By Archbishop William E. Lori of Baltimore
On the last Sunday of each liturgical year, the church celebrates the Solemnity of Our Lord Jesus Christ, King of the Universe. This is a day when the church echoes one of the earliest Christian creeds: Jesus is Lord. As we conclude this Jubilee Year of Mercy, perhaps the greatest service we Christians can offer our country today — wracked by distrust, political unrest and intolerance — is to bear patient witness to the kingdom which transcends all earthly kingdoms.
Pope Pius XI instituted the Solemnity of Christ the King in 1925 with his encyclical “Quas Primas” (“In the first”) to respond to growing nationalism and secularism. The Holy Father recognized that these related societal ills would breed increasing hostility against the church. His encyclical reminds the faithful that while governments and philosophies come and go, Christ reigns as king forever.
“Quas Primas” continues to ring true. In recent years, aggressive secularist campaigns have sought to marginalize the church and other religious institutions. In response to alienation and loss of solidarity — which tend to accompany these secularist assaults — nationalistic movements have sprung up across the Western world. Now, as always, we must turn to Christ, our merciful Lord.
Pope Francis has called the faithful to develop an ever-deeper engagement with the Christ who calls women and men to seek to enter the kingdom of God.
In Pope Francis’ apostolic exhortation “Evangelii Gaudium” (“The Joy of the Gospel”), the Holy Father tells us that Christ’s “kingdom, already present and growing in our midst, engages us at every level of our being and reminds us of the principle of discernment which Pope Paul VI applied to true development: It must be directed to ‘all men and the whole man.’”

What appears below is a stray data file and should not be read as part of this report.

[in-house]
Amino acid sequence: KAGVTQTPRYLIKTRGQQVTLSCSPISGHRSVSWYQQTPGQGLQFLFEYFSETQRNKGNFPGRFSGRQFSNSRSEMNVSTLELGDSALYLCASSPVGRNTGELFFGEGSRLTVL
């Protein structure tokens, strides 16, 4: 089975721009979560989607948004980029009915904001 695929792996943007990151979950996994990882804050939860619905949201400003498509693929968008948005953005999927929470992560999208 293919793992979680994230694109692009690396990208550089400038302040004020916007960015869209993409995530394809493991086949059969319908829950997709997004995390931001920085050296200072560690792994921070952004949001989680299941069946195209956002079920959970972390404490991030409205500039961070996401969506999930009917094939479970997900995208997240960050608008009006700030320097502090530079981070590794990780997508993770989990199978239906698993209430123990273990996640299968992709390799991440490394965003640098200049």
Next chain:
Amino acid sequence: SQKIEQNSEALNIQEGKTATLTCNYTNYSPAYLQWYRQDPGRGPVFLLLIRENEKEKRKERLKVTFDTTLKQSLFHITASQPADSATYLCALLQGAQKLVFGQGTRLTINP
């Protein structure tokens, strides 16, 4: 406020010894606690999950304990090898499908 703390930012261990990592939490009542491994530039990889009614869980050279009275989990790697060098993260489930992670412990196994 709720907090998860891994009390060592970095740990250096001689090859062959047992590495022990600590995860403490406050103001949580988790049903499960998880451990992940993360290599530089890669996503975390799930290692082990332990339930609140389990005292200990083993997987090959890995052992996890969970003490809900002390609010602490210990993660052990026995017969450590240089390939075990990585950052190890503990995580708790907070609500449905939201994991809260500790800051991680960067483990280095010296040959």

Secularism divides our public selves from our private selves. When governments limit the rights of religious ministries, secularists claim that religious freedom is not harmed because we still have freedom of worship — we are free in private but not in public. But the kingdom of God calls us to a whole life of worship and service in the public square. We cannot worship on Sunday and then deny Christ’s teaching in the way we run our ministries throughout the week.
Nationalism, on the other hand, divides our loyalties. It is good to love one’s country, but ultimate loyalty is due only to Christ and his kingdom. Ideologies that ask us to put our nation above Christ and his church are incompatible with service to the kingdom.
Pope Francis tells us that “Jesus is the center of creation; and so the attitude demanded of us as true believers is that of recognizing and accepting in our lives the centrality of Jesus Christ, in our thoughts, in our words and in our works.”
We must work every day, with the help of the Holy Spirit, to draw closer to Jesus. In our own, increasingly “post-Christian” society, we cannot be complacent in our spiritual lives. To acknowledge the kingship of Christ means that we should dedicate ourselves to prayer, to build up families and our parish communities, and to bring healing to a broken world.
Pope Francis explains that “(t)he kingdoms of this world sometimes build themselves on arrogance, rivalry, oppression; the kingdom of Christ is ‘a kingdom of justice, love and peace.’ … (T)o reign as he does means to serve God and the brethren — a service that flows from love: to serve for love’s sake is to reign.”
Jesus inaugurates a kingdom that grows through humble acts of service. Even as her freedom to carry out her ministries is threatened, the church must patiently continue to serve the poor, educate the young, welcome the migrant, visit the prisoner, heal the sick, bury the dead and love others.
Pope Francis tells us that “Jesus’ mission is to inaugurate the kingdom of his Father; he commands his disciples to proclaim the good news that ‘the kingdom of heaven is at hand’ (Mt 10:7).”
On this solemnity, we celebrate the reign of Jesus, who invites all to enter into his kingdom of love and justice. Let us fix our gaze on Christ the King.
Archbishop William E. Lori is chairman of the U.S. bishops’ Ad Hoc Committee for Religious Liberty and Archbishop of Baltimore.
This is one of a series of columns by leading archbishops on key issues facing the church and the administration of President-elect Donald Trump.